This post contains submissions for the Finding Your Inner MozArt contest – Fine Art (in alphabetical order by artist name). This is Page 2. Page 1 is here. Digital Art is here. Artists were asked to create art work with the themes of music and/or synesthesia. See What is Synesthesia? This art contest is sponsored by the Mainly Mozart nonprofit. The winning art will be auctioned at the Mozart & The Mind gala at Oceanside Museum April 11, 2020. Read the submission guidelines here. The judge for this contest is Museum of Contemporary Art San Diego Director Emeritus Hugh Davies.
Thank you for all the great art that was submitted.
Collectively, these pieces of artwork recognize Madison’s synesthesia and her ability to connect people with music, colors and people in her mind. Madison almost exclusively creates people in various colors and she always creates artwork to a variety of music. Although it is sometimes difficult to follow, she relates music and musicians (people) with colors. Elton John is blue and white. Madison’s father, John is specifically dark red. Her mother, Krissy, is blue. Madison also assigns colors to her other family members when she draws or paints them. This seems to be an extension of her relating people with animals or mechanical, robot-like beings from her childhood. As a young child she drew her entire extended family as specific animals and robots, with specific colors, as she saw them. It seems to have been a way to recall who they were and remain familiar with them, in a setting where their names were difficult for her to recall. Madison almost always creates artwork with music playing in headphones or earpods.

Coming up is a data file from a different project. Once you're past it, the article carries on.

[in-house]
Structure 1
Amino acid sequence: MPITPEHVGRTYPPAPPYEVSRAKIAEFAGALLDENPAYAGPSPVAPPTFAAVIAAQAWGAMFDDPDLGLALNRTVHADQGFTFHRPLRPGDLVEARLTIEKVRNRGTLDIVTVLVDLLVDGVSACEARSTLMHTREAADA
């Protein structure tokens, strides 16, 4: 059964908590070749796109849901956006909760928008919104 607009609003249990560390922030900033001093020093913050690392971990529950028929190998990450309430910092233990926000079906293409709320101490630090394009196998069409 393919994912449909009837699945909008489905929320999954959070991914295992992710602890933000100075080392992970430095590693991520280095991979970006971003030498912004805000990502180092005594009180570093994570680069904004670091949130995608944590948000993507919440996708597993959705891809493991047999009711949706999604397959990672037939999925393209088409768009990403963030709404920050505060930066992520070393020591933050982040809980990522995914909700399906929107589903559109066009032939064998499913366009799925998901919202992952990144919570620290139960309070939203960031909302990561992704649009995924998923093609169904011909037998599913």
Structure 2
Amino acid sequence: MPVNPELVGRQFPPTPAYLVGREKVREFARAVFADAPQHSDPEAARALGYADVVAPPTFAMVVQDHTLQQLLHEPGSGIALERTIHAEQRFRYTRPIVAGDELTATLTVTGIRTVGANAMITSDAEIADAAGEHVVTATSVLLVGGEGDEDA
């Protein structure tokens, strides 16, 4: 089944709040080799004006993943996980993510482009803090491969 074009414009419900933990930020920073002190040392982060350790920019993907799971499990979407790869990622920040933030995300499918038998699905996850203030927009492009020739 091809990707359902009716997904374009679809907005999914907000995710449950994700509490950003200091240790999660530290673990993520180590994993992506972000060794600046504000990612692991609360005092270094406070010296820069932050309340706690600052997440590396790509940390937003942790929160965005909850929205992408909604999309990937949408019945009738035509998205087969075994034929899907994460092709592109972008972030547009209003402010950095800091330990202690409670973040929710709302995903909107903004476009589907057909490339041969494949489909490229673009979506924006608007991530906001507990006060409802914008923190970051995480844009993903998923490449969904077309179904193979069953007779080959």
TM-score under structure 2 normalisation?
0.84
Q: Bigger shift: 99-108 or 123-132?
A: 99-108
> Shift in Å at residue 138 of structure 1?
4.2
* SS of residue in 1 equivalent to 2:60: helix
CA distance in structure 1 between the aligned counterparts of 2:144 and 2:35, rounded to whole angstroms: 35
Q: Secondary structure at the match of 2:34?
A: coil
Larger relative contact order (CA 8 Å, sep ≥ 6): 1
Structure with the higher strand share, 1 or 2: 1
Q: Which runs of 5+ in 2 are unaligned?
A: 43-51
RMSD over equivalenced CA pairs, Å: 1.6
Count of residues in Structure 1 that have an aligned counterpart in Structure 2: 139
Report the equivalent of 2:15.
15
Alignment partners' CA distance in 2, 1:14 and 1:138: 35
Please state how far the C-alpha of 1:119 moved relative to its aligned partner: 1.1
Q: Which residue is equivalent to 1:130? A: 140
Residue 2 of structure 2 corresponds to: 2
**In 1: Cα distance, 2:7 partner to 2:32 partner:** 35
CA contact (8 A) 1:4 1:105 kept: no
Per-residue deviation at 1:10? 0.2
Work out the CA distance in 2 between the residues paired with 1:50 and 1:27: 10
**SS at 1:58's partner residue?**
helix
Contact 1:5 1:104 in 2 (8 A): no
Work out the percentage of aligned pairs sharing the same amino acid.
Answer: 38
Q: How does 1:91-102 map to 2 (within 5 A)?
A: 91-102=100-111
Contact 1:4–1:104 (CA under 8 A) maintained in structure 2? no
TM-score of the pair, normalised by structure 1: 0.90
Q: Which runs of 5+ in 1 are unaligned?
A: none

There is a reason the word feel is italicized in the title. To some of us, music can affect us on a guttural level. It can make us feel euphoric to the point we dissociate and feel like we are floating. It can make us feel physically ill. It can make us feel physical pleasure like a good massage or a comfy blanket. It can make us nervous and shaky. Through dance and movement, it can help us feel connected to our bodies when that is sometimes a struggle for us.
Music isn’t always clear and beautiful, it can be murky, stormy, messy, and mixed up just like life. For me personally, I like music that reflects that reality and imperfection, especially when I am feeling less than perfect myself.
When creating this piece, I had in mind how to some who experience synesthesia, a few music notes moving up and down can manifest in a rainbow of colors and create cool patterns. I experience this ability to some extent, but have read about others who experience music movements even more visually than I do and I imagine how cool that must be.
Mongolian Melody is how Matthew sees a soft, calming piece of music. It is pastel and soothing like a piano piece.
The Color of Sound shows what the sounds look like to Matthew. These bright images are what he says the music he hears looks like.